·       naming and talking about the pictures

·       rereading the story many times

·       helping children link what is in the book with what is in their own lives

·       giving the child many age-appropriate opportunities to build on book reading  with activities that encourage an understanding of  "reading," "writing," listening and speaking.

In addition to reading aloud, parents also can:

·       improve the quality and quality of verbal interaction with their children

·       show interest, valuing, and encouragement of reading and language

·       provide access to a wide range of reading, writing, and drawing materials

·       show their own interest in literature and modeling of reading and writing in the home

·       provide opportunities for literacy experiences within routine family interactions and activities.


Bialystok, E., & Herman, J.  (1999).  Does bilingualism matter for early literacy?  Bilingualism:  Language and cognition, 2(1), 35-44.

Boyer, E. L.  (1991).  Ready to learn:  A mandate from the nation.  Princeton, NJ:  The Carnegie Foundation for the Advancement of Teaching.

Bus, A., Belsky, J., van Ljzendoorn, & Crnic, K.  (1997).  Attachment and book-reading patterns:  A study of mothers, fathers, and their toddlers.  Early Childhood Research Quarterly, 12, 81-98.

Bus,  A.G., van Ijzendorn, M.H., & Pellegrini, A.D.  (1995).  Joint book reading makes for success in learning to read:  A meta-analysis on intergenerational transmission of literacy, Review of Educational Research, 65(1), 1-21.

Edwards, P.A. (1995).  Empowering low-income mothers and fathers to share books with young children.  The Reading Teacher, 48, 558-564. 

Edwards, P.A., Pleasants, H.M.,  & Franklin, S.H. (1999).  A path to follow:  Learning to listen to parents.  Portsmouth, NH:  Heinemann.

Jordan, G.E., Snow, C. E., & Porche, M.V.  (2000).  Project EASE:  The effect of a family literacy project on kindergarten students’ early literacy skills.  Reading Research Quarterly, 35(4), 524-546.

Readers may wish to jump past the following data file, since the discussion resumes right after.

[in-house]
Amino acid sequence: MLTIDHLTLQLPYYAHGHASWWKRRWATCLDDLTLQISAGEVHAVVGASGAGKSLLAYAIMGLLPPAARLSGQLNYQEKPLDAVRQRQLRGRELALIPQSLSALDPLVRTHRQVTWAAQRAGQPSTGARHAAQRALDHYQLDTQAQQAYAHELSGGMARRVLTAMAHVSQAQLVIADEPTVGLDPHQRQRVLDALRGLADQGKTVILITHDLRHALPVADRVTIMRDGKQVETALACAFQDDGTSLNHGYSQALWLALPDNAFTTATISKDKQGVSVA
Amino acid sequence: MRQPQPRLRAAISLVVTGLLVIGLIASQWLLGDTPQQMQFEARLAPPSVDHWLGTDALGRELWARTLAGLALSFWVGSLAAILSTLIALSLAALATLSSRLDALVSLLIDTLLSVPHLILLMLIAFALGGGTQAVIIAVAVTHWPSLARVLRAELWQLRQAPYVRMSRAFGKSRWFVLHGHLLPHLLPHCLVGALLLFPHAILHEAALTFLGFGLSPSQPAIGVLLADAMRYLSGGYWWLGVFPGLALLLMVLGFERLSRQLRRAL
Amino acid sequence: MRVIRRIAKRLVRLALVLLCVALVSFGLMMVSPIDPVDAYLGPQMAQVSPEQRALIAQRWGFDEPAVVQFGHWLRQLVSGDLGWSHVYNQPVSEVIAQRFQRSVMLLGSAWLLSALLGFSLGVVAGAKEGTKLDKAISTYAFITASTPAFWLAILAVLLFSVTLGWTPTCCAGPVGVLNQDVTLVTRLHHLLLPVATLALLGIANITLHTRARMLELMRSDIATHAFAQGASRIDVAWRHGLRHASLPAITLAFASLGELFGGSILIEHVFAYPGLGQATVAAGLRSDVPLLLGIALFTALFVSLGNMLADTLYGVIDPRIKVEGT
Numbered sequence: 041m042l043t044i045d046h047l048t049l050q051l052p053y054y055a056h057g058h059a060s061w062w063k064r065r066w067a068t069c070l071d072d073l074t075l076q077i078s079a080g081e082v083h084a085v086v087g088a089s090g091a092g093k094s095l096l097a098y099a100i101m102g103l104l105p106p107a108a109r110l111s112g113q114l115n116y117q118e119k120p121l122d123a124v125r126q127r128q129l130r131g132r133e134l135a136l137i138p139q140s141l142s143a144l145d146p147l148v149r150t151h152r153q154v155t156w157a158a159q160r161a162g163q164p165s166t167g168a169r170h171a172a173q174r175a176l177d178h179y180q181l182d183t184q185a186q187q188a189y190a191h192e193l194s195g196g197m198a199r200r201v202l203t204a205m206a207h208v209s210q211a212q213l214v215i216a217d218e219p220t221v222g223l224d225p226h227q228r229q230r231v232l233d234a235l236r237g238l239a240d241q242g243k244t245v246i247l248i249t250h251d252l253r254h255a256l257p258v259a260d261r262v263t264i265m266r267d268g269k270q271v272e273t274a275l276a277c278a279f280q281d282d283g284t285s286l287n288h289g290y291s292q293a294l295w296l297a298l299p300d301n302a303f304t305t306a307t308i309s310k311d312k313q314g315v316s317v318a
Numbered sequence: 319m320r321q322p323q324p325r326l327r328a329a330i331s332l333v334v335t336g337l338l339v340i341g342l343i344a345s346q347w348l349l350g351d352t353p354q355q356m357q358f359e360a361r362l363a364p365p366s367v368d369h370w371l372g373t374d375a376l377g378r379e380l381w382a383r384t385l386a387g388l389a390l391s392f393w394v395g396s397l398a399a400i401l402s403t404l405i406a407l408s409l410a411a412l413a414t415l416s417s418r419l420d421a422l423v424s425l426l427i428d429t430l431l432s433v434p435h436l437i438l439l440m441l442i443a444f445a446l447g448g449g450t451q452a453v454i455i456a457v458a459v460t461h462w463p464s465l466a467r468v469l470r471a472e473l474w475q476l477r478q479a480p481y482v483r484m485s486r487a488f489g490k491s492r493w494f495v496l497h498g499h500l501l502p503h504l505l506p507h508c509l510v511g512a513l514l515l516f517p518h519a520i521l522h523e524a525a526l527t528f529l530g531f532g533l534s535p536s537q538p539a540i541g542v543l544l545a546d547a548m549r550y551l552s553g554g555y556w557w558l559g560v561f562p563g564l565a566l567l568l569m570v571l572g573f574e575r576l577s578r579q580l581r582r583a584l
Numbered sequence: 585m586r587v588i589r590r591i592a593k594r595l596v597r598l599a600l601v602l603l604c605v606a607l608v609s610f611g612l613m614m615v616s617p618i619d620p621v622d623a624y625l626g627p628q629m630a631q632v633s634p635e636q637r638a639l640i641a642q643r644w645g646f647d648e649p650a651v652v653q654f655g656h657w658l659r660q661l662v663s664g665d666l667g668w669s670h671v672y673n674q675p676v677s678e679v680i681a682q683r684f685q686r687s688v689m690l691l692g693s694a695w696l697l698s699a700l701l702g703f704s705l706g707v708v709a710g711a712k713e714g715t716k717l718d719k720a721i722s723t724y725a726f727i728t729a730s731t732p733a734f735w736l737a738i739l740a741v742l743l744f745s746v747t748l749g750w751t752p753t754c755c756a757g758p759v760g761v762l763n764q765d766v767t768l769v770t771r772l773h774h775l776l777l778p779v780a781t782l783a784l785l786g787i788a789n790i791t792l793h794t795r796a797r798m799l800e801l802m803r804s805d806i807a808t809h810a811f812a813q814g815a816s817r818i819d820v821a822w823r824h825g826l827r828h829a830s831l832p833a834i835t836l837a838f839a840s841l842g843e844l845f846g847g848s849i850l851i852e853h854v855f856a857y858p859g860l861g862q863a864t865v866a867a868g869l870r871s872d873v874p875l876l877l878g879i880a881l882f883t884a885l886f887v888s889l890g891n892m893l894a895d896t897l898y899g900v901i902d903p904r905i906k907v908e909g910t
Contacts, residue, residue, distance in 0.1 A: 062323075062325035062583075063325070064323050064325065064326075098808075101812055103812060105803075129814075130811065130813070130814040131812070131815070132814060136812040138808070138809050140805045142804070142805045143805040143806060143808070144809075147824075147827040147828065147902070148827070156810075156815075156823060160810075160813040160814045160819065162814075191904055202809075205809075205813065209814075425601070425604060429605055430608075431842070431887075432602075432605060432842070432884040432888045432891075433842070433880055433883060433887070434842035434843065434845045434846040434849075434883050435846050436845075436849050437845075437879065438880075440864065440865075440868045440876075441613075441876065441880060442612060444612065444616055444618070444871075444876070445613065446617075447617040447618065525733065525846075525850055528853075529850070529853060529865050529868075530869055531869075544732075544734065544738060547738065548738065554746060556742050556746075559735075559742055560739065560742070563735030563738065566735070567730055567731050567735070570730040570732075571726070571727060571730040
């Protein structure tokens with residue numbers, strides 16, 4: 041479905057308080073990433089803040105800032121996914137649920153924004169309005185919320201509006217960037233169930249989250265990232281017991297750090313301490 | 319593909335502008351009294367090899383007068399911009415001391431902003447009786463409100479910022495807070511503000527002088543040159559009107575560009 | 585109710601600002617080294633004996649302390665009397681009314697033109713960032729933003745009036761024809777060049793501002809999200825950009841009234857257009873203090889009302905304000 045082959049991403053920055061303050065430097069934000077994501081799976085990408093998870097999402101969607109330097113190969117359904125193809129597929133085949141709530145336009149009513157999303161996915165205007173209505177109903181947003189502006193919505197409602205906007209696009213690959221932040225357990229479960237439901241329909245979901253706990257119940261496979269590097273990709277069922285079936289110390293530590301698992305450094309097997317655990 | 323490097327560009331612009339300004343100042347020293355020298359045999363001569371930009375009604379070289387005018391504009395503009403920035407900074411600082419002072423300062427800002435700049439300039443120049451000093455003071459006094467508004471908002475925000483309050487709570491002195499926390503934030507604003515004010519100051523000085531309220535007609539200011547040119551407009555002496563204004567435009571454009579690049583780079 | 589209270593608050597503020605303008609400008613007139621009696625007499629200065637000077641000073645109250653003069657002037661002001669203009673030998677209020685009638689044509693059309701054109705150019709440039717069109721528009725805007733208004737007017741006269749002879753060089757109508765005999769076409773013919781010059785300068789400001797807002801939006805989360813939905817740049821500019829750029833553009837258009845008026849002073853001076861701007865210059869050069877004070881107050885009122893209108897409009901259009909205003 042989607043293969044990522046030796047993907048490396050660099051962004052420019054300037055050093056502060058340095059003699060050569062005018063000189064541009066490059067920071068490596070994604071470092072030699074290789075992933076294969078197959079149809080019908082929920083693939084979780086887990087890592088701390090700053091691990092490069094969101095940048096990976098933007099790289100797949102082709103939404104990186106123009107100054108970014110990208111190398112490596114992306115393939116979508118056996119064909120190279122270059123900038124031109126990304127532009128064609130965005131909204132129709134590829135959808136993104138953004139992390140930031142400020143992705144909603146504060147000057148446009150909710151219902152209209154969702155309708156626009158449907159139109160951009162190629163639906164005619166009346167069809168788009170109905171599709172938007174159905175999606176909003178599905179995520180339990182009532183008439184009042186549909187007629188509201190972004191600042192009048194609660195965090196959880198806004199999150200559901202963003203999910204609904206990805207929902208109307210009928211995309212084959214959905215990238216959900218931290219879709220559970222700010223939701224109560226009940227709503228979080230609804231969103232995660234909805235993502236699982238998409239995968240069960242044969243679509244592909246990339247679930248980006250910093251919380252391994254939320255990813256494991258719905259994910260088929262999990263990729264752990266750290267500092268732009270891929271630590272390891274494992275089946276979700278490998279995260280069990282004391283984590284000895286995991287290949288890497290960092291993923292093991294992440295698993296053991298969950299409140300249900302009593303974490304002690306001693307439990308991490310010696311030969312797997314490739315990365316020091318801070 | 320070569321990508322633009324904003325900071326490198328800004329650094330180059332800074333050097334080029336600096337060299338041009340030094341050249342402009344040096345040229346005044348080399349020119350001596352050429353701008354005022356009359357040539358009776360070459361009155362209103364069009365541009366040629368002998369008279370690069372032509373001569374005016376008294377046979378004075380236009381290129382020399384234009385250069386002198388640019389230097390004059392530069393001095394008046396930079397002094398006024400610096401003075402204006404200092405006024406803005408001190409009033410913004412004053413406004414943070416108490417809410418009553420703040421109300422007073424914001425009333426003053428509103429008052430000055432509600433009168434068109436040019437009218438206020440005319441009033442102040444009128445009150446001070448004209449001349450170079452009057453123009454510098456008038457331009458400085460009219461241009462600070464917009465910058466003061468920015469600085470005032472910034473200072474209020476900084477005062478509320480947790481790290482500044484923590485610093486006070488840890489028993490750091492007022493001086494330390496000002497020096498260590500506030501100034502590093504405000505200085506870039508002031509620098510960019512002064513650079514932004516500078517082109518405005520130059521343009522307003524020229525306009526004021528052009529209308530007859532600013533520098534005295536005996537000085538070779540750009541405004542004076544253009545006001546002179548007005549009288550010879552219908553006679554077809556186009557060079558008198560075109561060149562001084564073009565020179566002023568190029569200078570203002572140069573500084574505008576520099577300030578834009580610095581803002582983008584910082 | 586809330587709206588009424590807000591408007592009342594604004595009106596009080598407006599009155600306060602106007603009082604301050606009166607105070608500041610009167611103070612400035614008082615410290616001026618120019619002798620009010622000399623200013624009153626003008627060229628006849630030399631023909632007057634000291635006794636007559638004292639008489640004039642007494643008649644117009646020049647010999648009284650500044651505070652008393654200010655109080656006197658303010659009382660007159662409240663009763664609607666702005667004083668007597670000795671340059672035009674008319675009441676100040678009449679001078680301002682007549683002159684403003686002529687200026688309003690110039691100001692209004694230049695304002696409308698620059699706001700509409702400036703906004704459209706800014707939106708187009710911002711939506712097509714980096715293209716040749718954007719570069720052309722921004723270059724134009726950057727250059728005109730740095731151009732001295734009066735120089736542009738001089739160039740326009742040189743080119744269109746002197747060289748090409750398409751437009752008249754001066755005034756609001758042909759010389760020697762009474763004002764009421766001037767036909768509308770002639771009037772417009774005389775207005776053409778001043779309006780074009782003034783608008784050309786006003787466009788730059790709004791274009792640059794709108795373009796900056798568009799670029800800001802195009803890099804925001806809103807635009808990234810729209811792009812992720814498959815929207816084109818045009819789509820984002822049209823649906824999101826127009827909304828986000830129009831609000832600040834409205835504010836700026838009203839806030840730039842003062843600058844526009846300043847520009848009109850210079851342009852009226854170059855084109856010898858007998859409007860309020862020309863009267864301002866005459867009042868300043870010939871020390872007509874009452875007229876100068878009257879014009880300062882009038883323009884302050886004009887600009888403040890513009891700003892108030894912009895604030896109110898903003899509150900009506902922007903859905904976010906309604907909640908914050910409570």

Learning to read and write:  Developmentally appropriate practices for young children (1998).  Young Children, 30-23.

Neuman, Susan B. (1996).  Children engaged in storybook reading:  The influence of access to print resources, opportunity, and parental interaction.  Early Childhood Research Quarterly, 11, 495-513.

Perez, B. (1998).  Language, literacy, and biliteracy.  In B. Perez (Ed.) Sociocultural Contexts of Language and Literacy,  (pp. 21-48).  Mahwah, NJ:  Erlbaum.

Rossi, R.J. & Stringfield, S.C.  (1995).  What we must do for students placed at risk, Phi Delta Kappan, 77, 73-76.

Snow, Catherine E., Burns, M. Susan, & Griffin, Peg,  (1998). Preventing Reading Difficulties in Young Children.  National Research Council (U.S.). Committee on the Prevention of Reading Difficulties in Young Children, National Acad. Press.

Wells,  G. (1985).  Preschool literacy-related activities and success in school.  In D.R. Olson, N. Torrence, & A. Hildyard (Eds.), Literacy, language and learning:  The nature and consequences of reading and writing  (pp. 229-255).  Cambridge, England:  Cambridge University Press.

Whitehurst, G. J., Galco, F.L., Lonigan, C.J., Fischel, J.E., DeBarshe, B.D., Valdex-Menchaca, M.C. & Caulfield, M.  (1988).  Accelerating language development through picture book reading, Developmental Psychology, 24, 552-559.

General Reading

Bridges to Literacy:  Children, Families, and Schools.  David K. Dickson (Ed.).  Cambridge, MA:  Blackwell Press, 1994.

Family Literacy:  Connections in Schools and Communities.  Lesley Mandel Morrow (Ed.).  Washington, DC:  International Reading Association, 1995.

The Role of Family Literacy Environments in Promoting Young Children's Emerging Literacy Skills.  Pia Rebello Britto & Jeanne Brooks-Gunn (Eds.).  San Francisco:  Jossey-Bass, 2001.

Literacy Development in the Early Years:  Helping Children Read and Write.  Lesley Mandel Morrow.  Boston, MA:  Allyn & Bacon, 2001.